It is even more common to see employees monopolize a “favorite” company vehicle, or for new vehicles to suddenly accumulate high mileage while older vehicles go unused. As with keys, it is tedious to do manual logging to track a vehicle’s status, fuel level, mileage and discrepancies. Such records are also likely to have errors and incomplete data, as people often skip processes for convenience.

With an integrated key and asset management system, there is no guessing about where items are at any time. If the system tracks user access, then it provides a clear trail to follow if an asset is damaged or missing. When employees know they are accountable for how they treat company property, they tend to be more careful, which extends the life of the assets.

Solutions are also available that allow for the monitoring of the condition of assets, such as the operational status of vehicles. If a staff member notices that a vehicle is faulty, there are integrations that can immediately alert management to lock out that vehicle’s use until the situation is resolved.

In short, more accountability creates better staff behavior, which produces a positive impact on a business’s annual inventory budget.

Options for Fully Integrated Systems

The ROI of a fully integrated security system is about more than creating peace of mind; it is a modernization of operations. When in the market for a security system, a business should not only focus on immediate pain points and needs. Instead, the long-term potential of the system as a holistic solution should be considered. The goal should be an all-encompassing security strategy, not just an access control or camera system.

In your industry, which devices do you regularly oversee? What sensitive information do those devices manage? What areas do you need to control access to and why, and can you extend that reach? How do those factors affect your administration, employee efficiency, risk mitigation, external threats and inventory accuracy and cost? The answers are different for everyone.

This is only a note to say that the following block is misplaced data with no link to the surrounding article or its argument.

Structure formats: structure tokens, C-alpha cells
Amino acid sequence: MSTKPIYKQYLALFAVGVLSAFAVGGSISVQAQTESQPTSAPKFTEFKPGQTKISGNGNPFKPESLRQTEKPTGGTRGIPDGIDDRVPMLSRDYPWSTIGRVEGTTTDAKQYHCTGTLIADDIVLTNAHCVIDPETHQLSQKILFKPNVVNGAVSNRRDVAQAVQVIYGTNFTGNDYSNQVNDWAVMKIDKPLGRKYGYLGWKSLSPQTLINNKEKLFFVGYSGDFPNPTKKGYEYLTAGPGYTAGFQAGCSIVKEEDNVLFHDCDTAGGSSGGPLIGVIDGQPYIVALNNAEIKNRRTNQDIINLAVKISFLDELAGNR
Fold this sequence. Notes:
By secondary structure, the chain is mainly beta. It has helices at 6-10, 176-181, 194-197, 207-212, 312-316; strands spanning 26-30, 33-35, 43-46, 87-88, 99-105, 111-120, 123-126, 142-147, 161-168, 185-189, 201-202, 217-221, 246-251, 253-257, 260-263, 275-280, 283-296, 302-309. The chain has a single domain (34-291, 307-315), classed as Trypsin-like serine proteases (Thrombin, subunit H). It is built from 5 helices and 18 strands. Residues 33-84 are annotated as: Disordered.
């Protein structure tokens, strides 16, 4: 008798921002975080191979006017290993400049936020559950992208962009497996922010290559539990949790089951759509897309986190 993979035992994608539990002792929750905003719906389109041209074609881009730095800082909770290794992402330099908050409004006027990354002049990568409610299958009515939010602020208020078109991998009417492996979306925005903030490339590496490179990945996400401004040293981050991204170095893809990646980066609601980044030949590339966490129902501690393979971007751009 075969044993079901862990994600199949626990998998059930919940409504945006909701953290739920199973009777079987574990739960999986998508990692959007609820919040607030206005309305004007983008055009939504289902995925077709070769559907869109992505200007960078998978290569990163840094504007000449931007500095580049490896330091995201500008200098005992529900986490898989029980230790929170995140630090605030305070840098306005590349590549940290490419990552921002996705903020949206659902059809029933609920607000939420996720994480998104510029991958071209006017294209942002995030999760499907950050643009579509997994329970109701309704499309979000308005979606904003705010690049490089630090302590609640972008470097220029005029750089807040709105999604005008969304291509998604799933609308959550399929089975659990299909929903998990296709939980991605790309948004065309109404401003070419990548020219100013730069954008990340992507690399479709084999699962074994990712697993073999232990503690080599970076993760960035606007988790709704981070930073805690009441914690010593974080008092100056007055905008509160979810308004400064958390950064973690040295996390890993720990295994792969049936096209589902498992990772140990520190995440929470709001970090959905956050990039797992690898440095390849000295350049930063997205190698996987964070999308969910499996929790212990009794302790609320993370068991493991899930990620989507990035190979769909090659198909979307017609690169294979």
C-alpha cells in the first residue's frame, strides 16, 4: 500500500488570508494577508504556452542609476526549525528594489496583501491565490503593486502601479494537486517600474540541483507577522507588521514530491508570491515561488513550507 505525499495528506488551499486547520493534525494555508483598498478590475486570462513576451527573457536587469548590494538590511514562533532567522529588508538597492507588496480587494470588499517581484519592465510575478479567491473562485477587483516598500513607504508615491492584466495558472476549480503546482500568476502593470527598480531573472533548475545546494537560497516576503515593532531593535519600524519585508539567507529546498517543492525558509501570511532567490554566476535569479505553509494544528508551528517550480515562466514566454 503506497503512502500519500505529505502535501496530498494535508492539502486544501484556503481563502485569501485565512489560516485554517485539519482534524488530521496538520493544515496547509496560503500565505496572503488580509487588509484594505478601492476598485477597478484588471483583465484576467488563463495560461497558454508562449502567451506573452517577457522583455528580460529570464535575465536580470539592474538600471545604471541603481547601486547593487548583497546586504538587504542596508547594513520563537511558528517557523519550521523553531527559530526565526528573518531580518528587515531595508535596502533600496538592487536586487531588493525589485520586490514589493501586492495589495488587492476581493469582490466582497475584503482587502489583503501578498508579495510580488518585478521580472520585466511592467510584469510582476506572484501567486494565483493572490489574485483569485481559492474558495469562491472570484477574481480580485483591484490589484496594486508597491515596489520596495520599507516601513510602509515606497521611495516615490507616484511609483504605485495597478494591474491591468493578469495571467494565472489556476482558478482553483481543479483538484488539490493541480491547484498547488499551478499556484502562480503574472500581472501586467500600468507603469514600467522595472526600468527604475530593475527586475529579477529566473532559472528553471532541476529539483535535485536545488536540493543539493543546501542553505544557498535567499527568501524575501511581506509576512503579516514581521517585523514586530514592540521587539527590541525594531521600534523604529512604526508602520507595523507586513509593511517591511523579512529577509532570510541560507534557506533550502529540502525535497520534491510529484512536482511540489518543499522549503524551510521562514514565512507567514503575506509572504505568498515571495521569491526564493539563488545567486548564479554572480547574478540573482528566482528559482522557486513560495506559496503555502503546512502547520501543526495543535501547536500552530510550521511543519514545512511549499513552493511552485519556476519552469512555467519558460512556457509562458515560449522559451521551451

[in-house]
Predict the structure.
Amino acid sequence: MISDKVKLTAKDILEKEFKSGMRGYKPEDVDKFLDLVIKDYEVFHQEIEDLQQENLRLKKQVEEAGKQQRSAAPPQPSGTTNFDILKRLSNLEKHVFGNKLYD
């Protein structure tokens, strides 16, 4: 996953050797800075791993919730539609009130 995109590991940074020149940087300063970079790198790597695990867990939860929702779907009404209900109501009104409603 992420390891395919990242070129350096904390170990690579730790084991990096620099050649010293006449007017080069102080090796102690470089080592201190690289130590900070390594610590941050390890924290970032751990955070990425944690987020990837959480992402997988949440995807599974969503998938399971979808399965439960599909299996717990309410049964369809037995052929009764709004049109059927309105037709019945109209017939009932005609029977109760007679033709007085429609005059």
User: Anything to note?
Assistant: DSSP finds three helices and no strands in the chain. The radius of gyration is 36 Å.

No matter which industry you are in, gaining full visibility of your keys and assets through a fully integrated security ecosystem can increase your uptime and productivity while reducing costs and risk for your business.

Some options that can achieve this include:

  • Smart keys and locks, intelligent and integrated key cabinets, and lockers that can automate and regulate the check-in and check-out of any asset and, if applicable, keep assets charged
  • Setting access permissions to limit key and asset access by user, shift hours and equipment managed
  • Tracking the use of keys and assets with 24/7 audit trails to create accountability for staff, while improving safety and reducing the need for rekeying
  • Custom notifications and alerts to inform management of faulty vehicles, restricted access and other issues
  • Detailed software reporting to oversee operations remotely and gain a high-level view of the performance of the key and asset inventory
  • A fully integrated and proven system that can scale if needed and that lives seamlessly in a business’ existing security strategy

These solutions can help extend the reach of existing security systems to crucial offline assets and areas. Chances are, there are multiple avenues to achieving maximum ROI through the security system, so do your due diligence to assess your operations and determine where you can improve. As with any other investment of this type, ensure that the organization implementing the system has a proven and reliable track record and will be around to provide support for many years to come.

Danny Garrido (danny.garrido@assaabloy.com) is president of Traka USA.

This article originally appeared in the spring 2019 edition of SIA Technology Insights.